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Re: What is the structure of uncertainty?

Posted: Fri Jun 24, 2016 7:05 am
by Hobbes' Choice
Dalek Prime wrote:
Hobbes' Choice wrote:
The Voice of Time wrote:What is the structure of uncertainty?

How can we model it? How do we divide it up? How do we understand it as a thing in and of itself?
It s the same as the colour of a fart.
Would that be a wet or dry fart?
A wet fart is a shit. Get your categories right!

Re: What is the structure of uncertainty?

Posted: Fri Jun 24, 2016 3:12 pm
by Dalek Prime
Actually, it's a sharder. Can't believe you're seriously upset over a joke.

Re: What is the structure of uncertainty?

Posted: Fri Jun 24, 2016 5:59 pm
by Impenitent
what is the (certain) structure of uncertainty (the un-structured)...

it sits in the corner of the sphere


Re: What is the structure of uncertainty?

Posted: Thu Aug 11, 2016 10:14 am
by gurugeorge
There are several different kinds of certainty. One kind relates more to perceptions of basic facts, another important kind relates to the degree of justification you have for a belief (which must be carefully distinguished from the evidence you have for a belief - evidence relating to probability, and things like that, rather than certainty).

In On Certainty Wittgenstein says we sometimes forget about cases where we're certain, then turn out to be wrong. That actually highlights the function of the second kind of certainty in a way.

Basically the second kind of certainty is contextual and has to do with the degree to which we've dotted our "i"s and crossed our "t"s - it relates to coherence and the way our proposition or theory fits in with (what we accept so far to be) a base of established knowledge, not contradicting it. Here, new knowledge is the only thing that can overturn certainty.

Uncertainty, for the first (perceptual certainty) sense, would be where for one reason or another you're not sure whether you saw a thing right (perhaps the conditions make you doubt); in the second sense, it would be where there are gaps in your argument for the coherence of what you're saying with the established knowledge base (e.g. there are some possible calculations you've left out because you didn't have time, or some relevant piece of information, etc.).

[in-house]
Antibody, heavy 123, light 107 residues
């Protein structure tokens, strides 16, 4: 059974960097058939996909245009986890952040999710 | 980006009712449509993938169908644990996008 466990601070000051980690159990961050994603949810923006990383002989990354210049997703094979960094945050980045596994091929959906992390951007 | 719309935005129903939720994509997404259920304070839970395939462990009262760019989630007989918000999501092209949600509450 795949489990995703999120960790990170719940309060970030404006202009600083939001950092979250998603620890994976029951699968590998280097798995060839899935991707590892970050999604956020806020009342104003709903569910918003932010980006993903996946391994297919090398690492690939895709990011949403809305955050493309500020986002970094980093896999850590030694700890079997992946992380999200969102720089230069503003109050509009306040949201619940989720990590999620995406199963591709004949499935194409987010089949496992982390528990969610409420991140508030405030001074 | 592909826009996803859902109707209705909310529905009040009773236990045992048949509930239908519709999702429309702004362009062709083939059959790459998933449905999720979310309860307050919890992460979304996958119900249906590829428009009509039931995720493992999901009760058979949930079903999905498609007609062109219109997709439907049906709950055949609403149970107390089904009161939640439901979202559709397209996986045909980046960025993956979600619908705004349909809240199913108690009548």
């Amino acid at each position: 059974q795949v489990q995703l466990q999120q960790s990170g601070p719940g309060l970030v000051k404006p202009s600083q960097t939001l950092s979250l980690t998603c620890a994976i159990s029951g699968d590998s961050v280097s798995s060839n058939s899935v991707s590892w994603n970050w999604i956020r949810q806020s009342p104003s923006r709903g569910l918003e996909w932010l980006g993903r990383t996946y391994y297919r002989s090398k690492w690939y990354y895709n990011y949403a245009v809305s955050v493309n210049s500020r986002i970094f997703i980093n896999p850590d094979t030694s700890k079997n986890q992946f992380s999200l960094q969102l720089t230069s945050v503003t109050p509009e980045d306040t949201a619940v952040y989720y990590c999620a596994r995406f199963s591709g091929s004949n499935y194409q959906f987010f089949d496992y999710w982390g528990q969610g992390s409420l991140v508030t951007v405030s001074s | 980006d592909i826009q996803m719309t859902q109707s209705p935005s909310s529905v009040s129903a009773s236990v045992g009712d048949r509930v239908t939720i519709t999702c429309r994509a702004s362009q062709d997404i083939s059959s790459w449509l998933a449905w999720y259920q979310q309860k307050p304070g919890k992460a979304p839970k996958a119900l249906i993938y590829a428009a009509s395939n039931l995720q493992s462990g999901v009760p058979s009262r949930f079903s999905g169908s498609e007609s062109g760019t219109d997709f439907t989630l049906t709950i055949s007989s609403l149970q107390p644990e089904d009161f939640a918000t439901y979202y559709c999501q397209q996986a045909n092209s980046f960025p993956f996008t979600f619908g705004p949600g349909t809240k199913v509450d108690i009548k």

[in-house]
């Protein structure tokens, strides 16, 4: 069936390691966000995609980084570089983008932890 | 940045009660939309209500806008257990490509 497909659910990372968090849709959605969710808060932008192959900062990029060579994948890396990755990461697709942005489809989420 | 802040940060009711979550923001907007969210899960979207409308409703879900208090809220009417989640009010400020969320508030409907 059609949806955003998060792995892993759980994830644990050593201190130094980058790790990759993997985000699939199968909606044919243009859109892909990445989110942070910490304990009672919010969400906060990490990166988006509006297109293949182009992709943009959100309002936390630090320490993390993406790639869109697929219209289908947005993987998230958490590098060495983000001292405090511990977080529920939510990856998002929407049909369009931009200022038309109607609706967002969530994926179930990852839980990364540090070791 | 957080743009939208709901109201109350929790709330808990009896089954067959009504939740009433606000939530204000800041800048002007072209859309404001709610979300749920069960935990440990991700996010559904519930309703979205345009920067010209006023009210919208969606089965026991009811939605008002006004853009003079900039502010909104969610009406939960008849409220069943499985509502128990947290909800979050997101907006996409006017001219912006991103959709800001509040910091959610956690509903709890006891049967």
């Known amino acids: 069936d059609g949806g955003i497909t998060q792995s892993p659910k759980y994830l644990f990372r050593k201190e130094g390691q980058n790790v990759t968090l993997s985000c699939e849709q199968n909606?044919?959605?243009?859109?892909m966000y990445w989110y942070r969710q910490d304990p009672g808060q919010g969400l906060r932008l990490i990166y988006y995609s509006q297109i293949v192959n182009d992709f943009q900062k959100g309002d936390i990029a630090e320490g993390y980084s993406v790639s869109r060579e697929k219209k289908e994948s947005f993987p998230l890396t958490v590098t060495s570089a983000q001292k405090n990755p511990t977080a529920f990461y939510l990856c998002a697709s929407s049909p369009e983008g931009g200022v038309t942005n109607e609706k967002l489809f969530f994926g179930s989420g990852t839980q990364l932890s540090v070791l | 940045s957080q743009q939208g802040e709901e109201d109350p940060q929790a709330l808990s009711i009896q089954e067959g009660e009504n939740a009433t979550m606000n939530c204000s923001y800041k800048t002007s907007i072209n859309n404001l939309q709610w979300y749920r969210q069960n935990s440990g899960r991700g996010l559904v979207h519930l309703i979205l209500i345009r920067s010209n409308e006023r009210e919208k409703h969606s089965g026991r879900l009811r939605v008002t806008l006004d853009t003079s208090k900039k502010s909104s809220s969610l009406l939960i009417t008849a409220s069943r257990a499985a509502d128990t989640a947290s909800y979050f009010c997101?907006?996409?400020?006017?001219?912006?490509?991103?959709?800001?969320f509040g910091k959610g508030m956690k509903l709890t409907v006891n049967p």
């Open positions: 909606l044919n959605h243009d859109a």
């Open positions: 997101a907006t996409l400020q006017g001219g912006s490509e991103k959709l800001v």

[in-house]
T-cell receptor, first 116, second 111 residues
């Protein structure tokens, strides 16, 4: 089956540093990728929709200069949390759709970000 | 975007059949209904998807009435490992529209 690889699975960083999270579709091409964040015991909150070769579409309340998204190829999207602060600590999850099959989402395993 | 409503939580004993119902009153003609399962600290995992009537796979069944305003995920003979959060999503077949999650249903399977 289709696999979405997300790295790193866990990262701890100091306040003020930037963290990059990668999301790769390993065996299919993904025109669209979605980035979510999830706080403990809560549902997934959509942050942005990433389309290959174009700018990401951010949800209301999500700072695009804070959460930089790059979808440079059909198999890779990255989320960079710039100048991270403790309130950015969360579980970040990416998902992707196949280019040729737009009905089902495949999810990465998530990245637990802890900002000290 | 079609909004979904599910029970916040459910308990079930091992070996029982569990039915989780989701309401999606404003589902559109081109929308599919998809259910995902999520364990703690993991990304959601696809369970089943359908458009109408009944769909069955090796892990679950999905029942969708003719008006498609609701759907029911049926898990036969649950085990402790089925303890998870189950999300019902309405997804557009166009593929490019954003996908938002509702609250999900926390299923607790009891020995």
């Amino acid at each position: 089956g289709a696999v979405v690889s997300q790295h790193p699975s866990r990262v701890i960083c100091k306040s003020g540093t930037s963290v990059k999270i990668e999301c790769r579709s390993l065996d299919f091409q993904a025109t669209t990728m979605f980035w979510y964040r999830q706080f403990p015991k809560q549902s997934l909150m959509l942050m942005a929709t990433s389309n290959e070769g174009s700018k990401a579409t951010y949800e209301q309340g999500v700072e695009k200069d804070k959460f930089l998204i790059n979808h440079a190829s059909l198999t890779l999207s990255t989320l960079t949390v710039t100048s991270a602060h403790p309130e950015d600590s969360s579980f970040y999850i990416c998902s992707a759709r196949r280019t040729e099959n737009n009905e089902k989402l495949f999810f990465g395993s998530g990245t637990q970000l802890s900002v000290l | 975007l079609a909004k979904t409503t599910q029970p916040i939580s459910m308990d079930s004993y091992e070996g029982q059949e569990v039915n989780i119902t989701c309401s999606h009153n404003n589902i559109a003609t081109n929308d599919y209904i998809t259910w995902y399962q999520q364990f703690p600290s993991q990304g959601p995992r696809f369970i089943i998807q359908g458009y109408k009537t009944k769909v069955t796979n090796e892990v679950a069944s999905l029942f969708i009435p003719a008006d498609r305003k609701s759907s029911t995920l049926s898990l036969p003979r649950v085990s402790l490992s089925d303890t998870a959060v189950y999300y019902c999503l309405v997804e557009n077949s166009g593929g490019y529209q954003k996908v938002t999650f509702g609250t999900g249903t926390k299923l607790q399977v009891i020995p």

Certainty in the second sense is absolute (relative to the totality of the knowledge base) because it's simply a matter of logical coherence, it's not a question of degree. It's probably rather confusing and bad practice to assimilate evidential probability approaching 1 to certainty, although the practice seems to be deeply rooted now.

In the most general sense, you are uncertain where there's reason to doubt.

Re: What is the structure of uncertainty?

Posted: Thu Sep 08, 2016 6:07 am
by creativesoul
Uncertainty has no structure. It is the unavoidable consequence of reality imposing itself upon one's thought/belief system in such a way that s/he has no choice but to realize that what they believed to be true(to be the case), is not. Certainty and it's counterpart uncertainty - at their core - are based upon and/or directly involve trust and truth. Guru talked of kinds of certainty/uncertainty...

Being uncertain of observation is nothing more than losing trust in(doubting the dependability of) one's own physiological sensory perception and/or accompanying critical thinking skills, and vice-versa. Being uncertain of 'X' is being uncertain of the truth of 'X', and vice-versa.

Re: What is the structure of uncertainty?

Posted: Thu Sep 08, 2016 5:04 pm
by Terrapin Station
If you know the structure of uncertainty, surely it's wrong.

Re: What is the structure of uncertainty?

Posted: Sat Sep 10, 2016 9:22 pm
by NielsBohr
The Voice of Time wrote:What is the structure of uncertainty?

How can we model it? How do we divide it up? How do we understand it as a thing in and of itself?
Hi VoT!

I remember the times when (I was new here) you was a higher (and more sure) philosopher than me (what is to say very high :) )! But I am somewhat deceived in reading this: How do we understand it as a thing in and of itself?

-Nobody does, and not even cares, since it is a "thing in itself" and moreover "outside itself" are contradictions in terms. From that assumption forbidding such a basic thing as a definition, we were lead to any improbable and worthless thing.

-But even your first question is void. (In very general terms), since a structure means a model, and since a model - being what it is - is never (even partially) false - (because of the definition of false, which is what canNOT be assimilated), then uncertainty - which stand for unknown either if it stands for Heisenberg principle or any other notion deriving from the unknown - so I answer you, being 100% sure of this, that uncertainty has not a sole structure.